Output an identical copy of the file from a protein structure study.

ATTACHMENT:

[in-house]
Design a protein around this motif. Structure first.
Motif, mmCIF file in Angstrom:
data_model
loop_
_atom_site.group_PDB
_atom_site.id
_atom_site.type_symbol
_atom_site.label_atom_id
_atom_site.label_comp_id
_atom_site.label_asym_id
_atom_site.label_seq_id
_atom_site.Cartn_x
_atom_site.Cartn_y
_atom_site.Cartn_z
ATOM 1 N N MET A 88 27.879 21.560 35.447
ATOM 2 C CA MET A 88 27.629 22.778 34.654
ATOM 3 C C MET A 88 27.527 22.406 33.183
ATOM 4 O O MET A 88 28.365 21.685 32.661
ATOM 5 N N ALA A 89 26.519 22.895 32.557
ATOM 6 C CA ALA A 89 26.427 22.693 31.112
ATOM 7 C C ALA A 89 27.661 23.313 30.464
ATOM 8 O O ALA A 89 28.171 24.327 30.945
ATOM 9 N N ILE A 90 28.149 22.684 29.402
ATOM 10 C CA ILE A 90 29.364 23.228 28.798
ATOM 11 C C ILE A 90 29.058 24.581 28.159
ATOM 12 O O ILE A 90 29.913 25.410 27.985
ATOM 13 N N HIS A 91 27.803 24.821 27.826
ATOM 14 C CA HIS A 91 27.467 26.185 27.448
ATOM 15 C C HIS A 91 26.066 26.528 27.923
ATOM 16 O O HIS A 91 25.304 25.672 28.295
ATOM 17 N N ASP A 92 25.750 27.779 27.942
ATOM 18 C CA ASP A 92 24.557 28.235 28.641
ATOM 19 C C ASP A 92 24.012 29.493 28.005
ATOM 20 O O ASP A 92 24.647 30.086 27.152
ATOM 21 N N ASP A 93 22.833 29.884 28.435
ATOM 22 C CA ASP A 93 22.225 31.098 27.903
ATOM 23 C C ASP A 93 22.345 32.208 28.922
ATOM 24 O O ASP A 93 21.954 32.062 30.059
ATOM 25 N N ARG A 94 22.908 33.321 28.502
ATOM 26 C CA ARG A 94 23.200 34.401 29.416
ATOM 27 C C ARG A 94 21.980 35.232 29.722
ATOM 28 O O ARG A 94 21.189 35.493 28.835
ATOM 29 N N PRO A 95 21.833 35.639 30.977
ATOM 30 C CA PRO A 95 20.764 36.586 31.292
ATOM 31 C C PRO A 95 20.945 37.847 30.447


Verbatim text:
[in-house]
Design a protein around this motif. Structure first.
Motif, mmCIF file in Angstrom:
data_model
loop_
_atom_site.group_PDB
_atom_site.id
_atom_site.type_symbol
_atom_site.label_atom_id
_atom_site.label_comp_id
_atom_site.label_asym_id
_atom_site.label_seq_id
_atom_site.Cartn_x
_atom_site.Cartn_y
_atom_site.Cartn_z
ATOM 1 N N MET A 88 27.879 21.560 35.447
ATOM 2 C CA MET A 88 27.629 22.778 34.654
ATOM 3 C C MET A 88 27.527 22.406 33.183
ATOM 4 O O MET A 88 28.365 21.685 32.661
ATOM 5 N N ALA A 89 26.519 22.895 32.557
ATOM 6 C CA ALA A 89 26.427 22.693 31.112
ATOM 7 C C ALA A 89 27.661 23.313 30.464
ATOM 8 O O ALA A 89 28.171 24.327 30.945
ATOM 9 N N ILE A 90 28.149 22.684 29.402
ATOM 10 C CA ILE A 90 29.364 23.228 28.798
ATOM 11 C C ILE A 90 29.058 24.581 28.159
ATOM 12 O O ILE A 90 29.913 25.410 27.985
ATOM 13 N N HIS A 91 27.803 24.821 27.826
ATOM 14 C CA HIS A 91 27.467 26.185 27.448
ATOM 15 C C HIS A 91 26.066 26.528 27.923
ATOM 16 O O HIS A 91 25.304 25.672 28.295
ATOM 17 N N ASP A 92 25.750 27.779 27.942
ATOM 18 C CA ASP A 92 24.557 28.235 28.641
ATOM 19 C C ASP A 92 24.012 29.493 28.005
ATOM 20 O O ASP A 92 24.647 30.086 27.152
ATOM 21 N N ASP A 93 22.833 29.884 28.435
ATOM 22 C CA ASP A 93 22.225 31.098 27.903
ATOM 23 C C ASP A 93 22.345 32.208 28.922
ATOM 24 O O ASP A 93 21.954 32.062 30.059
ATOM 25 N N ARG A 94 22.908 33.321 28.502
ATOM 26 C CA ARG A 94 23.200 34.401 29.416
ATOM 27 C C ARG A 94 21.980 35.232 29.722
ATOM 28 O O ARG A 94 21.189 35.493 28.835
ATOM 29 N N PRO A 95 21.833 35.639 30.977
ATOM 30 C CA PRO A 95 20.764 36.586 31.292
ATOM 31 C C PRO A 95 20.945 37.847 30.447